An election year follows a great year. What now?

The stock market had its best year since 2013.  The sharp selloff of December 2018 seems like a distant memory.  The market had only two down months in 2019.  Technology stocks led the way, but interest rate sensitive stocks and consumer staple stocks were also strong.  For those who think the market is irrational, there are plenty of stocks that have not kept up – which suggests that investors are still distinguishing between attractive companies and others in this ever-changing environment.  The health care sector lagged, and the energy sector lagged badly.

Your portfolio did very well, as detailed in the attached summary.  Microsoft and Apple were star performers, returning 57% and 88% respectively.  Microsoft is making huge strides in cloud computing and Apple has been cheap relative to other technology stocks.  Those two stocks alone accounted for nearly 15% of the S&P 500’s gain this year.  We’d love to own more of these stocks, but part of our job is to keep you appropriately diversified and reasonably protected against any unanticipated and potentially sharp downturns.  For instance, Apple was lower in two of the past five years.

Procter and Gamble was another big winner, and has continued to rally despite being quite richly valued relative to its own historical metrics.  KKR also did well as alternative investments continue to grab an ever-larger share of the capital markets, in part because the number of publicly listed stocks has been shrinking substantially.  From 1996 to 2016, the number of publicly listed companies in the U.S. fell by half, from 7,300 to 3,600 according to Credit Suisse.  Initial public offerings have fallen even more dramatically in the same time frame.

Certain of our holdings were a bit disappointing.  We own Exxon Mobil, which returned only 2.3% this year.  Dupont was also weak, but the newly constituted firm did not start trading as a stand-alone entity until May 31.  There is a strong argument that the stock is worth $80 per share ($64 now) based upon a sum-of-the-parts analysis, and its current executive team has a track record of realizing such value elsewhere.  Some of the big pharmaceutical companies had a sub-par year due to a combination of political concerns and litigation fears.  Other quality stocks, such as Verizon, offer a generous 4% dividend yield and contribute to portfolio stability, but are a drag on performance in strong years.

As an interesting aside, Warren Buffett’s Berkshire Hathaway returned only a modest 10.9% this year.  The total return for the S&P 500 Index was 31.48%.

Even in the best of times, we want to be mindful of risk.  Stock markets do go down.  There is always the risk of a significant correction when the market is richly valued and / or when interest rates have a lot of room to rise.  For now, there are many good reasons to remain positive on the market’s outlook – but without losing sight of risk management.  We continuously monitor the earnings and competitive position of each of our holdings. Valuation seems reasonable, as discussed below.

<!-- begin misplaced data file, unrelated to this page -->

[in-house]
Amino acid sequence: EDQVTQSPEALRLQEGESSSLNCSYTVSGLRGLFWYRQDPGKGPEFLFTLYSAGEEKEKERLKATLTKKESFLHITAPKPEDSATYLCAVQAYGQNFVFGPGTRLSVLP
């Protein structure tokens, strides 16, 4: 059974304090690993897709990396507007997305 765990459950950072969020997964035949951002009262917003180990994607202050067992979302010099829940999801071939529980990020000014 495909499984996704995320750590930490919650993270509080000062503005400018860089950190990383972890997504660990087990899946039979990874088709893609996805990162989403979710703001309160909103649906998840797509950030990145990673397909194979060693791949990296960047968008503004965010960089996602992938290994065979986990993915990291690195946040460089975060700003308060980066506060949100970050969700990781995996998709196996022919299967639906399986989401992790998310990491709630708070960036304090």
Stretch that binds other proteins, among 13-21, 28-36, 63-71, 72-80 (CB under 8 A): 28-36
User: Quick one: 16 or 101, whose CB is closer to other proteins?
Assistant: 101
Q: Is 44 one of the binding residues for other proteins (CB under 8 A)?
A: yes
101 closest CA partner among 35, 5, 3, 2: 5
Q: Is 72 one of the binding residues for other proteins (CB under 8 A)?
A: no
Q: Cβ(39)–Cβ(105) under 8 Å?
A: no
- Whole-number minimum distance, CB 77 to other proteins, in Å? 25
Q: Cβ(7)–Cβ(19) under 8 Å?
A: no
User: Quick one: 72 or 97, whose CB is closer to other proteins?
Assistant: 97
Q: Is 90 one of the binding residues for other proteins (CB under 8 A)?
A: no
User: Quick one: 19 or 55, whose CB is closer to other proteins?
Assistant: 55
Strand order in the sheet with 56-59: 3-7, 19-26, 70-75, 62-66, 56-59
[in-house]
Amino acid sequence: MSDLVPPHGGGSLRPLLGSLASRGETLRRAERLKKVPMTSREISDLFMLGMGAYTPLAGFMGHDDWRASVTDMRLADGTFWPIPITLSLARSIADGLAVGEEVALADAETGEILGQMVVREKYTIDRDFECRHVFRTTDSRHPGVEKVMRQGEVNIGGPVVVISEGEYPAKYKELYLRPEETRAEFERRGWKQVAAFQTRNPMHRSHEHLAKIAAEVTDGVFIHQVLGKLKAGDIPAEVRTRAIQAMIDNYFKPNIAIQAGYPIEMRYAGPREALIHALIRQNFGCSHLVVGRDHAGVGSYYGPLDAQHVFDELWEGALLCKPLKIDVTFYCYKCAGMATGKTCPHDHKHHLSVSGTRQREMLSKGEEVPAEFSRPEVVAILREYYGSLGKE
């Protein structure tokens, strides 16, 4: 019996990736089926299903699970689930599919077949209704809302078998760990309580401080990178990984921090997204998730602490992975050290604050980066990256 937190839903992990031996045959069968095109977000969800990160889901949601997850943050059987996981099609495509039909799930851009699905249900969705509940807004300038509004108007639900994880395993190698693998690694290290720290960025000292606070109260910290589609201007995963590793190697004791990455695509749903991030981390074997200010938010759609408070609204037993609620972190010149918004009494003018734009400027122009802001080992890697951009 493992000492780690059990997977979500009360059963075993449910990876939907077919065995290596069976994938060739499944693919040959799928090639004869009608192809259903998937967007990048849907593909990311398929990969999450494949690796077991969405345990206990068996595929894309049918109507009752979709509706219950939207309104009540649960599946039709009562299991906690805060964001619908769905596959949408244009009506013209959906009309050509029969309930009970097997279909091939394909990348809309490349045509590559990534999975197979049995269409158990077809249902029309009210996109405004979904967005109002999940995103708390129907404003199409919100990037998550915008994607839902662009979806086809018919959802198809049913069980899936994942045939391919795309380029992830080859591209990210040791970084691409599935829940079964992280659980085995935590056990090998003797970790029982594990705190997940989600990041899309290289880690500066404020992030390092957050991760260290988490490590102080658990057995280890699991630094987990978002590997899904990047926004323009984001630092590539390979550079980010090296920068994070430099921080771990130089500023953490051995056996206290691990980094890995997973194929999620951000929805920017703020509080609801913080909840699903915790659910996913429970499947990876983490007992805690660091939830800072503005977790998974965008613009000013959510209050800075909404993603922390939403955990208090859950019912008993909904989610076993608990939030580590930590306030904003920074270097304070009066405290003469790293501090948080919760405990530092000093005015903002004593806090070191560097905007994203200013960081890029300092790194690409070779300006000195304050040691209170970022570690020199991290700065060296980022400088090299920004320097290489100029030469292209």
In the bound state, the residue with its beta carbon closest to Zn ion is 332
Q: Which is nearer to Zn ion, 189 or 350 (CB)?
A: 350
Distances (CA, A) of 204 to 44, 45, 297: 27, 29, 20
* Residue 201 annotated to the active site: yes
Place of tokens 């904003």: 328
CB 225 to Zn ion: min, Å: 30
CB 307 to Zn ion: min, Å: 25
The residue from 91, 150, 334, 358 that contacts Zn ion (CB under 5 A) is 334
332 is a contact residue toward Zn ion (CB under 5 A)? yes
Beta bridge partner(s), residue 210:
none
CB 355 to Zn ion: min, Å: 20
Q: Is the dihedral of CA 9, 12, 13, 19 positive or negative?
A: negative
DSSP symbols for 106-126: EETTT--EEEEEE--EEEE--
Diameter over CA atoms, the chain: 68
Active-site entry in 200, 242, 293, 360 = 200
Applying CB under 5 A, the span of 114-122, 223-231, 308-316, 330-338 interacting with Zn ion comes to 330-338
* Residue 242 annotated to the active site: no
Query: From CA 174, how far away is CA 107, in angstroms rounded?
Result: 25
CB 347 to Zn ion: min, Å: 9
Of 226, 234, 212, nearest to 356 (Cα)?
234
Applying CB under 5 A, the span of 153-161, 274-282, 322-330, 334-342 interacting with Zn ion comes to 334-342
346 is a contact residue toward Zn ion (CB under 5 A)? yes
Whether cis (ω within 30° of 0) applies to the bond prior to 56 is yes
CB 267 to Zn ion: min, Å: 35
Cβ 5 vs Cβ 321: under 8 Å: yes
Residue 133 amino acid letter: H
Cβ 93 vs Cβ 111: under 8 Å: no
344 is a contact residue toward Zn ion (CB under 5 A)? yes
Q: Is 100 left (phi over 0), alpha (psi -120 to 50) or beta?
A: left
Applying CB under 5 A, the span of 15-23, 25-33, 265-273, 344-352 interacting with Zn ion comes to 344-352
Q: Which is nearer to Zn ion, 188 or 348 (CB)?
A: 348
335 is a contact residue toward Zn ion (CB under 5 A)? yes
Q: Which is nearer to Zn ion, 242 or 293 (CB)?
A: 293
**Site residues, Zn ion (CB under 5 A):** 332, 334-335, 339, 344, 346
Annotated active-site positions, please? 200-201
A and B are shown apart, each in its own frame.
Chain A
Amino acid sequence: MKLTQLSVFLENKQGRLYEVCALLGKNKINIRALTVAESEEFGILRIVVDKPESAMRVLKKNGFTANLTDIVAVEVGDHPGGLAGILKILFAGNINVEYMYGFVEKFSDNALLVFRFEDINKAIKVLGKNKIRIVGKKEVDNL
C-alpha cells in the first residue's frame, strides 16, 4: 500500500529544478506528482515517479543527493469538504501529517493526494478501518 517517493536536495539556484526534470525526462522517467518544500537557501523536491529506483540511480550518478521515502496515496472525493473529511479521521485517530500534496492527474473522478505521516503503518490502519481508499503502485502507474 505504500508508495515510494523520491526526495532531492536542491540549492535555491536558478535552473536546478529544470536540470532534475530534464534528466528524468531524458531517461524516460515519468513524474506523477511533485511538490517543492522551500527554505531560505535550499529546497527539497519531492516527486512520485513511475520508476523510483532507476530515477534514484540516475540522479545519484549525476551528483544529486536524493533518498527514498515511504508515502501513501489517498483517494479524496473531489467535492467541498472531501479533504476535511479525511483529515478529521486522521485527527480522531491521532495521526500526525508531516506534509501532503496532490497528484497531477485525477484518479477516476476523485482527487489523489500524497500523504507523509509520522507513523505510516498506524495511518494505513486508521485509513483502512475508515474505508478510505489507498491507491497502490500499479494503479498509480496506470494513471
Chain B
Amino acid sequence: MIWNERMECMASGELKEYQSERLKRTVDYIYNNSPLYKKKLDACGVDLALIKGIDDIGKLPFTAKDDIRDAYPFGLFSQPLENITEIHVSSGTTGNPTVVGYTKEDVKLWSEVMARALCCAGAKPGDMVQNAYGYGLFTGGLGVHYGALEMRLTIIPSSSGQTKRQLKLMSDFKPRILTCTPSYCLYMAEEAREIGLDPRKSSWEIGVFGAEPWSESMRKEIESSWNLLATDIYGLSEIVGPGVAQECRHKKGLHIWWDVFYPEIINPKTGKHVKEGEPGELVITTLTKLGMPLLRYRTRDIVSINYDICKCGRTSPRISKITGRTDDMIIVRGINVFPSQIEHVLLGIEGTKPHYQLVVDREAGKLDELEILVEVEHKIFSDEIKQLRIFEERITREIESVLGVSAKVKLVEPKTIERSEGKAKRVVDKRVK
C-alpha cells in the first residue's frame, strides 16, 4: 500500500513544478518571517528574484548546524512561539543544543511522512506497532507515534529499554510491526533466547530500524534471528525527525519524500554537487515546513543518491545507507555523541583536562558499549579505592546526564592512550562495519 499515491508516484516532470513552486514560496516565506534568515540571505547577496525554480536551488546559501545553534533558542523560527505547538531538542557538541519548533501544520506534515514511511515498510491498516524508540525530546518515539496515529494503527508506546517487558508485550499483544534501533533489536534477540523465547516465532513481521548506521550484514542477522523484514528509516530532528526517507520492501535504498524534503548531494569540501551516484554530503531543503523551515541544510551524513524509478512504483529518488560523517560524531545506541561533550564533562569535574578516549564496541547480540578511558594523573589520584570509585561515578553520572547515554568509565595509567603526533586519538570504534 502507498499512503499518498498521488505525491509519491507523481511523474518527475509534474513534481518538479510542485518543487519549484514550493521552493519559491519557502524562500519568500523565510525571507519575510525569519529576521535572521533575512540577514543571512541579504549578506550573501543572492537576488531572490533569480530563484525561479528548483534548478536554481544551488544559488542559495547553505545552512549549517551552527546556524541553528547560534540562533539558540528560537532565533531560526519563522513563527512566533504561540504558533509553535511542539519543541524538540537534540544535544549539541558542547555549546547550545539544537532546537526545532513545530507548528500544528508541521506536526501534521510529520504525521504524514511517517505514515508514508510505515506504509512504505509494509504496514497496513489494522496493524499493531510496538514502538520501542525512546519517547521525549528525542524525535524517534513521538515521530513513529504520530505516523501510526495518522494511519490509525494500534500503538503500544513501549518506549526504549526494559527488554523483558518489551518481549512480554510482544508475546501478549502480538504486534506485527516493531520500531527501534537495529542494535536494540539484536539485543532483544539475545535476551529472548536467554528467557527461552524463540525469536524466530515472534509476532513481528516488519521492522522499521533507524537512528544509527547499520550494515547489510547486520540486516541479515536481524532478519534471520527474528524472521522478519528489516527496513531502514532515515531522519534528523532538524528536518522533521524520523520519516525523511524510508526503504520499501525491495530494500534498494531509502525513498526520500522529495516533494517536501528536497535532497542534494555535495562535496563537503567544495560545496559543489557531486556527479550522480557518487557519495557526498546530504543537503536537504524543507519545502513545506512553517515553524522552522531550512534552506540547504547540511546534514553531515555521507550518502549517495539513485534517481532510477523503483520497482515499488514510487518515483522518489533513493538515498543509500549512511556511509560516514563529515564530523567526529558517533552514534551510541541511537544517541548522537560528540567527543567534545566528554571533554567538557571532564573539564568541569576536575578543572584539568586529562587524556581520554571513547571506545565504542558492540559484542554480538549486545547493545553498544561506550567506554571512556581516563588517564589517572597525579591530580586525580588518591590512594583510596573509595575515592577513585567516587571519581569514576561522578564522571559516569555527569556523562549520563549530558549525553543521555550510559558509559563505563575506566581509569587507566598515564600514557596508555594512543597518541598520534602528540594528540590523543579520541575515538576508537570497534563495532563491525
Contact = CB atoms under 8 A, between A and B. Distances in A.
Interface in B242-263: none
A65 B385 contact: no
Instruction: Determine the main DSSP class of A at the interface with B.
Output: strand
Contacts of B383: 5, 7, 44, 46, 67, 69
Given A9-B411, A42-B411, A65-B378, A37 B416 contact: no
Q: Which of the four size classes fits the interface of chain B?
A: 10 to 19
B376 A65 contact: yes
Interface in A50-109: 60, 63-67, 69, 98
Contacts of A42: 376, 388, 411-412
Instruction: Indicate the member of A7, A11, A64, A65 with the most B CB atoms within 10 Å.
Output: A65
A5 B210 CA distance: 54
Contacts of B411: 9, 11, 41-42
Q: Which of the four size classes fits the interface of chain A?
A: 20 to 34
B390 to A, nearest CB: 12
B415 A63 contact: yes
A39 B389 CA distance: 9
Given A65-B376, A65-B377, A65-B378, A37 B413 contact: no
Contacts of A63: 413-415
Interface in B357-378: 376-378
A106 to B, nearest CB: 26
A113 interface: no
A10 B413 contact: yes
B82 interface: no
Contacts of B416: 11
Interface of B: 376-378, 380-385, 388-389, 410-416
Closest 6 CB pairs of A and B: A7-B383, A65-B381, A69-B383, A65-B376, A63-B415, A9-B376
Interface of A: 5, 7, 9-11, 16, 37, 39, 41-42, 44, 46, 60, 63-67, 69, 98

Economic Outlook.  Recessions have often been caused either by higher energy prices or tight money.  Oil prices have been weak.  Core inflation is at 1.6%, so there is no need for tight money.  Banks may not enjoy profitable lending spreads, but money is cheap.  Corporate spreads are tight to Treasuries, meaning that it is not expensive for corporations to borrow.  GDP data will benefit a bit as imports have dropped – in part due to the trade situation.  Pundits have been talking for months about a recession due to the flatness (or occasional inversion) of the yield curve, but there is little evidence of a recession.

Election Year Influences – Historical Perspective.  It is also true that the stock market has often been strong in presidential election years.  When we look at history, that is particularly true when an incumbent is up for re-election.  This makes intuitive sense, because an incumbent president has an incentive to stimulate the economy and in so doing, promote a bullish trend in stocks.  But even though there is a 6% gap between presidential years with an incumbent on the ballot versus none, that may not be statistically significant given the limited sample, overall variability of stock market returns, and the fact that the gap would be only 3% but for 2008.  The details of each election cycle are shown on our website here. Worth pondering.

Is it different this time?  We cannot help but wonder if most of the available stimulative measures have already been taken.  If so, did this Administration do too much too soon – and should that become the market’s perception, could it mean a decline in 2020?  Hard to tell, but we already have trillion-dollar federal deficits in boom times, and it is hard to imagine Congress adopting a more profligate fiscal policy.  On the monetary side, the Fed eased fairly aggressively in an environment of full employment and low inflation.  The Fed Funds rate is already targeted at 1.75%%.  How much lower can it go?  And even if it goes lower, a marginal decline in rates from these levels may be inconsequential.  Money is so cheap to borrow already that another ¼ point is not going to stimulate much new demand for money.

Additionally, there is the trade war.  We seem to have reached a round one agreement that has boosted the market into year-end.  It provides us with a unilateral ability to impose tariffs if we feel the terms have been violated.  There is potential for more upheaval in the market due to trade tensions.  At the risk of sounding too conspiratorial, there may be a strategy of an “October surprise” strategy of providing some last-minute momentum before the election.  Events could easily unfold this way unless weakness in stocks puts pressure on the Administration to reach an accord sooner.